A coalition of advocacy groups including the NAACP Legal Defense Fund is pushing back against the idea of upping the number of armed police officers in schools, a suggestion being considered by the White House in the wake of the Newtown, Conn., shooting tragedy.
The groups – which include the Advancement Project, the Dignity in Schools Campaign and the Alliance for Educational Justice – released an issue brief Friday in which they warn of the “unintended consequences” of a greater police presence in schools, such as increased criminalization of students.
“Enhanced police presence in schools is not a panacea for preventing the violence we saw in Newton, Connecticut,” Damon Hewitt, director of the NAACP Legal Defense and Educational Fund’s Education Practice Group, said in a statement. “Instead, adding police and armed security to schools often means that normal student behavior becomes criminalized. The negative consequences of increased police activity is felt most sharply in schools with large numbers of African-American and poor children.”
Judith Browne Dianis, co-director of the civil-rights group the Advancement Project, argued that rather than address safety threats, “police in schools often respond to minor student misbehavior by handcuffing, arresting and criminalizing the young people they were intended to protect.”
The groups pointed to cases of “overzealous enforcement” in which students were arrested after throwing “temper tantrums” or violating the school dress code. They also cited Department of Education statistics showing that 42 percent of students referred to law enforcement and 35 percent of those arrested in school are African American.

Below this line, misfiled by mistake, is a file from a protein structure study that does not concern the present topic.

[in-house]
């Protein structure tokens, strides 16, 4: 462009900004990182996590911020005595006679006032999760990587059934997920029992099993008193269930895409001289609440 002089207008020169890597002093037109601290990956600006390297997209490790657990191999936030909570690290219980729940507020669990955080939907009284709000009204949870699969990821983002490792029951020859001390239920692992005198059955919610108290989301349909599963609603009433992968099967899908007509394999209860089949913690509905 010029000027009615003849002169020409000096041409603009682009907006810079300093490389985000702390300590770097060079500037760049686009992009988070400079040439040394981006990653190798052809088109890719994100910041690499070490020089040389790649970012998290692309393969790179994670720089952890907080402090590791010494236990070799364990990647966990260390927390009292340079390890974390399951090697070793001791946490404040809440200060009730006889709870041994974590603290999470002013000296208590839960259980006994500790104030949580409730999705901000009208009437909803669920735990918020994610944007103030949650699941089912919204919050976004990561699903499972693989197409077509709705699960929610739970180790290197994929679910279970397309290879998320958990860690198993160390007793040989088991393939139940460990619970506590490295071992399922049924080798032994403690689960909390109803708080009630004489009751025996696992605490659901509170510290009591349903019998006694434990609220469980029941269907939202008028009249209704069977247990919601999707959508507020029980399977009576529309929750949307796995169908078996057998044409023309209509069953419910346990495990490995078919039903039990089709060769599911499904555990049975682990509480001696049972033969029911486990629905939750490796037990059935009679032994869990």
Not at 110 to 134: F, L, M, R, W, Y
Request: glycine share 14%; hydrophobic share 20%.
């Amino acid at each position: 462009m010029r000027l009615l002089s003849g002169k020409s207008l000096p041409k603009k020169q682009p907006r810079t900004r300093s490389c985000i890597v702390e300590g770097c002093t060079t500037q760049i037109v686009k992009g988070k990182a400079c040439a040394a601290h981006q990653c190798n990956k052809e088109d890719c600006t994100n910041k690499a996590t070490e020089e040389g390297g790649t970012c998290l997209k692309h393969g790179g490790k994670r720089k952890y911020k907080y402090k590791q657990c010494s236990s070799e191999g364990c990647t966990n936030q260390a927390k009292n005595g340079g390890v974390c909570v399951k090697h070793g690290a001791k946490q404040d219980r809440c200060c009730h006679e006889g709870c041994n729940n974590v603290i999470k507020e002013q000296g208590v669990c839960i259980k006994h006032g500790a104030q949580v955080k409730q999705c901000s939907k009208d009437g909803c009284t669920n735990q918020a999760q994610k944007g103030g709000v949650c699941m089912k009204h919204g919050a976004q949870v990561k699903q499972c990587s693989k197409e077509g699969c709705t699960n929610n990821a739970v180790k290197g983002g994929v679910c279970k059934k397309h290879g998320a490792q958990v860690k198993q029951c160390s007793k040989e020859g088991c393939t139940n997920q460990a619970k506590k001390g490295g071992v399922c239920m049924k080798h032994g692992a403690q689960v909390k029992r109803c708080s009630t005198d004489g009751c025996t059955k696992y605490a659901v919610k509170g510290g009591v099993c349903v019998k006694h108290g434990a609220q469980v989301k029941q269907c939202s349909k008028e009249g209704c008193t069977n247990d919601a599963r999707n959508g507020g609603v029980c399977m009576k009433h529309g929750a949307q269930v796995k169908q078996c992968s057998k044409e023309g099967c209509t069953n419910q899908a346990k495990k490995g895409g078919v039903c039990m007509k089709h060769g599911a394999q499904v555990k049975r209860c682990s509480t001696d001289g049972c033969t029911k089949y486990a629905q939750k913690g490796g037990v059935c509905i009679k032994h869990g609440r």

Their report comes on the same day that the Brady Campaign to Prevent Gun Violence, one of the groups that has been meeting with Vice President Biden’s task force in the wake of Newtown, released its own list of recommendations to the White House, including a call for more comprehensive background checks for gun purchasers.
“Our top policy priority is closing the massive hole in the background check system that enables 40% of all gun sales to take place without background checks, not only at gun shows, but also with the added anonymity of the Internet,” the Brady Campaign report said. “As a result convicted felons, domestic abusers, the dangerously mentally ill and other prohibited purchasers can easily purchase guns with no questions asked. Calling it a ‘gun show loophole’ trivializes the problem. ‘Universal background checks’ on all gun sales would have a clear positive impact on public safety, and is also clearly compatible with the rights of law-abiding citizens to own guns.”
President Obama may address the gun control issue later Friday when he takes questions at a 1:15 p.m. joint news conference with Afghan President Hamid Karzai.